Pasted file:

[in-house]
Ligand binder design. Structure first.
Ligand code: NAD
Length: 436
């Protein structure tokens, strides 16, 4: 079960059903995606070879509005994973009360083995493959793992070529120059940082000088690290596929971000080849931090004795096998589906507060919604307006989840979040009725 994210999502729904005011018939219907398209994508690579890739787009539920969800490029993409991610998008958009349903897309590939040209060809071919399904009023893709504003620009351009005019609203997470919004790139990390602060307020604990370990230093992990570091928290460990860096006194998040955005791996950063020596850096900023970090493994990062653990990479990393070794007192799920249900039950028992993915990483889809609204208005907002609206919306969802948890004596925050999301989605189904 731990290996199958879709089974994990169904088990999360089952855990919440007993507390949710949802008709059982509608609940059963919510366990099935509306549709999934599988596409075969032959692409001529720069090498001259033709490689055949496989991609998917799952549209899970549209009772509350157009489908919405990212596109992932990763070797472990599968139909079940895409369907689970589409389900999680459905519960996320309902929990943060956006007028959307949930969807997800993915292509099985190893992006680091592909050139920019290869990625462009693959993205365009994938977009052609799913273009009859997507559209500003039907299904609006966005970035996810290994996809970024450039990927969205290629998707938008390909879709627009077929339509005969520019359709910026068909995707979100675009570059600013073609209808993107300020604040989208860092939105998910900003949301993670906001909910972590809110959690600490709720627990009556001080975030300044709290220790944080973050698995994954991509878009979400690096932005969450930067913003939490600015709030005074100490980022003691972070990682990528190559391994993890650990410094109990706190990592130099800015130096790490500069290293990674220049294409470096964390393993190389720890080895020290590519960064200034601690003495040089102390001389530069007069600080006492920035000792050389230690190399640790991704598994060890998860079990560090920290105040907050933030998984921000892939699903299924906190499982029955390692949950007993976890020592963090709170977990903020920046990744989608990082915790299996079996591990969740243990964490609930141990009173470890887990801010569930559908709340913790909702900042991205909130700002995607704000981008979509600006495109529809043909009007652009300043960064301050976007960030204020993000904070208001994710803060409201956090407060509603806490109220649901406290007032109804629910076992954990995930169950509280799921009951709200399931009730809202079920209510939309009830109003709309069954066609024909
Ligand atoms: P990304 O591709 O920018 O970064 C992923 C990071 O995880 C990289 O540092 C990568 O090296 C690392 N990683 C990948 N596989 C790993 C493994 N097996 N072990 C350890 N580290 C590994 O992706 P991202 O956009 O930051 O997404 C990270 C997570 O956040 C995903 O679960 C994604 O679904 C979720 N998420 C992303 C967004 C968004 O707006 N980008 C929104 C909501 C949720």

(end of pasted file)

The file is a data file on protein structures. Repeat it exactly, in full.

[in-house]
Ligand binder design. Structure first.
Ligand code: NAD
Length: 436
């Protein structure tokens, strides 16, 4: 079960059903995606070879509005994973009360083995493959793992070529120059940082000088690290596929971000080849931090004795096998589906507060919604307006989840979040009725 994210999502729904005011018939219907398209994508690579890739787009539920969800490029993409991610998008958009349903897309590939040209060809071919399904009023893709504003620009351009005019609203997470919004790139990390602060307020604990370990230093992990570091928290460990860096006194998040955005791996950063020596850096900023970090493994990062653990990479990393070794007192799920249900039950028992993915990483889809609204208005907002609206919306969802948890004596925050999301989605189904 731990290996199958879709089974994990169904088990999360089952855990919440007993507390949710949802008709059982509608609940059963919510366990099935509306549709999934599988596409075969032959692409001529720069090498001259033709490689055949496989991609998917799952549209899970549209009772509350157009489908919405990212596109992932990763070797472990599968139909079940895409369907689970589409389900999680459905519960996320309902929990943060956006007028959307949930969807997800993915292509099985190893992006680091592909050139920019290869990625462009693959993205365009994938977009052609799913273009009859997507559209500003039907299904609006966005970035996810290994996809970024450039990927969205290629998707938008390909879709627009077929339509005969520019359709910026068909995707979100675009570059600013073609209808993107300020604040989208860092939105998910900003949301993670906001909910972590809110959690600490709720627990009556001080975030300044709290220790944080973050698995994954991509878009979400690096932005969450930067913003939490600015709030005074100490980022003691972070990682990528190559391994993890650990410094109990706190990592130099800015130096790490500069290293990674220049294409470096964390393993190389720890080895020290590519960064200034601690003495040089102390001389530069007069600080006492920035000792050389230690190399640790991704598994060890998860079990560090920290105040907050933030998984921000892939699903299924906190499982029955390692949950007993976890020592963090709170977990903020920046990744989608990082915790299996079996591990969740243990964490609930141990009173470890887990801010569930559908709340913790909702900042991205909130700002995607704000981008979509600006495109529809043909009007652009300043960064301050976007960030204020993000904070208001994710803060409201956090407060509603806490109220649901406290007032109804629910076992954990995930169950509280799921009951709200399931009730809202079920209510939309009830109003709309069954066609024909
Ligand atoms: P990304 O591709 O920018 O970064 C992923 C990071 O995880 C990289 O540092 C990568 O090296 C690392 N990683 C990948 N596989 C790993 C493994 N097996 N072990 C350890 N580290 C590994 O992706 P991202 O956009 O930051 O997404 C990270 C997570 O956040 C995903 O679960 C994604 O679904 C979720 N998420 C992303 C967004 C968004 O707006 N980008 C929104 C909501 C949720």